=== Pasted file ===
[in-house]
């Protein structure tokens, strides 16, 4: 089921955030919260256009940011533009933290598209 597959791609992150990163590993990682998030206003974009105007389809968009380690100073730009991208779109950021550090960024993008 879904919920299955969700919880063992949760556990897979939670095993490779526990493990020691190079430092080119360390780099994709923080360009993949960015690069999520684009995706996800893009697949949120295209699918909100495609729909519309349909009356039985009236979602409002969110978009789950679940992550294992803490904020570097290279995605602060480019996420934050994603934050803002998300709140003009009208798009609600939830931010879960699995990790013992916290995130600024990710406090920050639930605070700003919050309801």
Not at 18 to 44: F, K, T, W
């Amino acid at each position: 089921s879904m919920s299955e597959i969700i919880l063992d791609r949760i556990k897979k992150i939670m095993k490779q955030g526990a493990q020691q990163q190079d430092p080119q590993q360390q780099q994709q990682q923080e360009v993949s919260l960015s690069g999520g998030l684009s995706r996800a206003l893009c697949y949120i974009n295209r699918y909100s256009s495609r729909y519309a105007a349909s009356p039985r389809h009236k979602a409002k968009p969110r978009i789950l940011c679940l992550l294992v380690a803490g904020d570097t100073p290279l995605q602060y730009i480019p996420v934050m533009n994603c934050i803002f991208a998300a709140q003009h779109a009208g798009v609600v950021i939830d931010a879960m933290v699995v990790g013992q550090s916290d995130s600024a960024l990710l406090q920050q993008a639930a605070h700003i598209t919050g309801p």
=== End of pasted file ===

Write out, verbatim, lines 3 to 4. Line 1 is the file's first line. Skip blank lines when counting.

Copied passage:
Not at 18 to 44: F, K, T, W
């Amino acid at each position: 089921s879904m919920s299955e597959i969700i919880l063992d791609r949760i556990k897979k992150i939670m095993k490779q955030g526990a493990q020691q990163q190079d430092p080119q590993q360390q780099q994709q990682q923080e360009v993949s919260l960015s690069g999520g998030l684009s995706r996800a206003l893009c697949y949120i974009n295209r699918y909100s256009s495609r729909y519309a105007a349909s009356p039985r389809h009236k979602a409002k968009p969110r978009i789950l940011c679940l992550l294992v380690a803490g904020d570097t100073p290279l995605q602060y730009i480019p996420v934050m533009n994603c934050i803002f991208a998300a709140q003009h779109a009208g798009v609600v950021i939830d931010a879960m933290v699995v990790g013992q550090s916290d995130s600024a960024l990710l406090q920050q993008a639930a605070h700003i598209t919050g309801p």